Two years ago tomorrow the very first Nokia Lumia smartphones, the product of a frantic 8-month turnaround, went on sale to the general public. Although the Lumia range is now in a completely different place to just 24 months ago — heck, owned by different people — it’s more important than ever for Lumia to keep being awesome.
It’s been a pretty tough first two years of life for the Lumia range. Born out of a strategic partnership first announced in February 2011, Lumia has always had huge amounts riding on it for its parents, Microsoft and Nokia. For Microsoft, Lumia has represented Windows Phone’s only real shot at becoming a significant player in the mobile market; but for Nokia, Lumia was even more of a gamble.
Back in 2011, Nokia still had some sway in the mobile phone market — heck, up until April 2012, Nokia still shipped the most mobile phones of any manufacturer in the world. So, for Nokia to stake its reputation and future profits on a fledgling mobile OS, rather than going the way of the Android, represented a huge leap of faith for the company, and particularly Nokia’s CEO, ex-Microsoft man Stephen Elop.
So, two years, five flagship smartphones and one sale of the company to Microsoft later, has it paid off? Sort of.
Financially, no. Over the last nine quarters before its sale of its devices business to Microsoft, Nokia lost a whopping $6.19 billion — not exactly good business. The sales figures for the phones, however, are slightly more encouraging — in the second quarter this year, Nokia sold 7.4 million Lumias, surpassing Blackberry for the first time, and firmly entrenching Windows Phone as the ‘third OS’ after Android and iOS.
Looking at the hardware, as well, it’s been a pretty good year for Nokia so far. In 2013, Nokia’s successfully introduced an impressive new flagship phone, the Lumia 925; a jaw-dropping camera packed inside a smartphone’s body with the Lumia 1020, and even a pair of phablets (ugh) in the shape of the Lumia 1320 and Lumia 1520. So, at the very least, Nokia’s kept up with the competition.
This is a good thing. The world desperately needs a third smartphone operating system, to keep things interesting and to give the mainstream-hating hipsters options. Arguably, the smartphone camera race that’s been the only interesting hardware battle of 2013 has been sparked by Nokia and their near-dominance in the smartphone camera industry.
But it’s more than just cameras — for the last two years, the Lumia range has been pushing the boundaries of quirkiness, stuffing in new features because they could, because you might want them, because no-one else was. From the quite-interesting, like the 920′s wireless charging, down to Nokia’s surprisingly-well-executed City Lens augmented reality app, even to the fact that pretty much every flagship Lumia handset has shipped in a range of colours that you just don’t get from any other high-end smartphone manufacturer (shush, iPhone 5C owners) — Lumia’s been quietly challenging every other smartphone manufacturer out there for all of its brief existence.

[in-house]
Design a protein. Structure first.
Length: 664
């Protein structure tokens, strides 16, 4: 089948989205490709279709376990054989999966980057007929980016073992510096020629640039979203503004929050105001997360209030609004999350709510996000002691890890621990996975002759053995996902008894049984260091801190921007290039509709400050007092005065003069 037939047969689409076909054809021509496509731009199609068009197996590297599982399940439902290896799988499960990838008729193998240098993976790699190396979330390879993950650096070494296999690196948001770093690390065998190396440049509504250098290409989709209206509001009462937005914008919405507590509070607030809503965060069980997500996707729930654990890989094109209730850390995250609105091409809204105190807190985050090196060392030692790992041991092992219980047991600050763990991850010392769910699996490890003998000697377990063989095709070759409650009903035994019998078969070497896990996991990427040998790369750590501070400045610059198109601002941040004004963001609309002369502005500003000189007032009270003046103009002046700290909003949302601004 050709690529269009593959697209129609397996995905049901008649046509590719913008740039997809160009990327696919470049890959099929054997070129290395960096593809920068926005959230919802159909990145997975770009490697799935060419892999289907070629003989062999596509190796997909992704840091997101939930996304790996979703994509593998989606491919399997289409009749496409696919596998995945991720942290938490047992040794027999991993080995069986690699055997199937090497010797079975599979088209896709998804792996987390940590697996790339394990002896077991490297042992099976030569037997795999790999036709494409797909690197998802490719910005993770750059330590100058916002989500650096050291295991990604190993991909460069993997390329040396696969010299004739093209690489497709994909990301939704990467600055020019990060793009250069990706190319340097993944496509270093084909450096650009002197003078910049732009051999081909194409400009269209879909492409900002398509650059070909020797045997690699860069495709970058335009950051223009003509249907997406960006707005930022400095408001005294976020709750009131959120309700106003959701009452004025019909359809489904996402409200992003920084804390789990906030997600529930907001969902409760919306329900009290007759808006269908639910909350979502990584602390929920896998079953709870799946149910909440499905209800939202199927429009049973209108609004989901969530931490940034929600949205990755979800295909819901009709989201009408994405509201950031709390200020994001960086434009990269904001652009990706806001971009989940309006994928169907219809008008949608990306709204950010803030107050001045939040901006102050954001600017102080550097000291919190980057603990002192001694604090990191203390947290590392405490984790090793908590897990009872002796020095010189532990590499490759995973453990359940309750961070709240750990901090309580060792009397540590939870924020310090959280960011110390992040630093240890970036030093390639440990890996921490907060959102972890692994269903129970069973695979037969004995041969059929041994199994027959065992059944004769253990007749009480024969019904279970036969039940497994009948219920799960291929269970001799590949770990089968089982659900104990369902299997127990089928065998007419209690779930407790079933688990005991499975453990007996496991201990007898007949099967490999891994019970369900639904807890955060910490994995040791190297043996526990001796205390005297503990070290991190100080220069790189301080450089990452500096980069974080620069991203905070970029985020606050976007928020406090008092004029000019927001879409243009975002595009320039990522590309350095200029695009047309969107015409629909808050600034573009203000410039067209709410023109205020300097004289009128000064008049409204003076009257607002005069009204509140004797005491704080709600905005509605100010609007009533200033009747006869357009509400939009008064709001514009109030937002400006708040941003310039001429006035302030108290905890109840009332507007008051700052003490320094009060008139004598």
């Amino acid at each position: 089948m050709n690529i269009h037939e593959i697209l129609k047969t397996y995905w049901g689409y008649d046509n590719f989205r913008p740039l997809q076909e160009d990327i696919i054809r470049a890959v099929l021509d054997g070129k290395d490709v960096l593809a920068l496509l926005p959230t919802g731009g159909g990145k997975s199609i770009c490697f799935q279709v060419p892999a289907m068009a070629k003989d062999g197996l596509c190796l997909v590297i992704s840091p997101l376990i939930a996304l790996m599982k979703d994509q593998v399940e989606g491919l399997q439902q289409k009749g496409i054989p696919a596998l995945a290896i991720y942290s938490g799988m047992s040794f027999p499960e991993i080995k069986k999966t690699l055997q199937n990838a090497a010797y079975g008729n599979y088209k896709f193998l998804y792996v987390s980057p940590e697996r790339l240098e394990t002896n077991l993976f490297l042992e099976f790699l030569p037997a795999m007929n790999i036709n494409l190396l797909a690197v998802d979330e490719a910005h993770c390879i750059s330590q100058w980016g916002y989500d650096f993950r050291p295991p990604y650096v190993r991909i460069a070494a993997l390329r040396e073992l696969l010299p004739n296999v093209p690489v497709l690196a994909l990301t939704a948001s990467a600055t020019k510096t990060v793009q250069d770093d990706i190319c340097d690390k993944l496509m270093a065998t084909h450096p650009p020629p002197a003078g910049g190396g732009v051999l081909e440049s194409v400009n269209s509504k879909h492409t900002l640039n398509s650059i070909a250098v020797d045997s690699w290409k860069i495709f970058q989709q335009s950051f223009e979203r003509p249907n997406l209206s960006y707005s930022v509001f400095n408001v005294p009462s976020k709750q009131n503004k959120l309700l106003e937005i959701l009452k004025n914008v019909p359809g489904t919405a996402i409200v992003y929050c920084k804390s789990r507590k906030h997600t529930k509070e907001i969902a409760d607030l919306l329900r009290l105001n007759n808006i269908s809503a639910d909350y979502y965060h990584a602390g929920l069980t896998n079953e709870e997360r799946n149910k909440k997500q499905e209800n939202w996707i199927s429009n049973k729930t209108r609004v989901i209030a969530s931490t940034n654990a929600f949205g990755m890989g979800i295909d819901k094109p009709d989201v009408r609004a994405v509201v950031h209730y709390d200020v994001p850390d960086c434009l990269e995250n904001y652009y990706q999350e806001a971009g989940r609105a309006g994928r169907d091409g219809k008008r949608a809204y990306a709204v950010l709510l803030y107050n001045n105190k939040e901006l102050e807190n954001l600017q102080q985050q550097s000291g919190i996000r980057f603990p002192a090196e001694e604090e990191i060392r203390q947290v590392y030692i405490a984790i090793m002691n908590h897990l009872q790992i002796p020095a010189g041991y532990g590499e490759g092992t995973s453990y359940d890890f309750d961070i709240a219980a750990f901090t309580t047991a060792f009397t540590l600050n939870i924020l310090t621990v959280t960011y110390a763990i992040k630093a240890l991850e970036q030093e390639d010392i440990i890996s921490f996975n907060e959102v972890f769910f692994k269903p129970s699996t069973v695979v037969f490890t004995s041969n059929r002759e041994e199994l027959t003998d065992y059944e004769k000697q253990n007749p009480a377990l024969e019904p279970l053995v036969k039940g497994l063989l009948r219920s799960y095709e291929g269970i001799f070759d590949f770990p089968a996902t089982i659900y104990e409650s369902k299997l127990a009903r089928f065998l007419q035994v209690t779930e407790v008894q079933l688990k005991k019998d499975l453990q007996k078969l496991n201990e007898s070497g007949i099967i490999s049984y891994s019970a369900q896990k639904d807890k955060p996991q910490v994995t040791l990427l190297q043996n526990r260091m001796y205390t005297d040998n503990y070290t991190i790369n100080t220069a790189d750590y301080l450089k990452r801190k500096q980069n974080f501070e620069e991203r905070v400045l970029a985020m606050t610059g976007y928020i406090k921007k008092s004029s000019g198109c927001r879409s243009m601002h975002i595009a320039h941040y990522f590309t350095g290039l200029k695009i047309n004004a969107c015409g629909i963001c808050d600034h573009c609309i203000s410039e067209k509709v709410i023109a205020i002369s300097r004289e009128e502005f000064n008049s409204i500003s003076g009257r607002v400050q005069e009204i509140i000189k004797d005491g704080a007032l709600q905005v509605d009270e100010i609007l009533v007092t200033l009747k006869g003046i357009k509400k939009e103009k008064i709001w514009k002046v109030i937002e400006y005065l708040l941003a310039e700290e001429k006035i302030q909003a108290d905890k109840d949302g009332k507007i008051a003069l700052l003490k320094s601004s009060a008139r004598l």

There’s another important function that the Lumia range serves, as well: making cheap phones that don’t look and feel like crap. Whilst there are lots of cheapo Android phones on the market for you to choose from, the recipe for all is dismally similar: get an underpowered processor from last year’s spare parts bin, whack on a version of Android at least three generations old and bloated to hell, cover with a thin veneer of flimsy plastic, and chuck it on shelves next to last year’s Blackberry Curve. Cheap Lumias, on the other hand, retain Nokia’s legendary industrial design chops, generally look half-decent, and thanks to Windows Phone’s ability to run well on a low-powered processor, aren’t actually frustrating to use.
So where does this leave us, going forward? With Microsoft’s purchase of Nokia’s device division, it’s clear that the Lumia brand will keep propping up Windows Phone for at least the forseeable future. Whether or not Nokia’s institutional wackiness lives on, though, remains to be seen.
There’s certainly a danger that Microsoft will want to capitalise on Windows Phone’s low-end success — the 520 is rumoured to be by far and away the best-selling Lumia device — but hopefully, Microsoft will still let at least some of the Finnish engineers pursue economically crazy projects.
After all, Microsoft’s no stranger to money-losing vanity projects.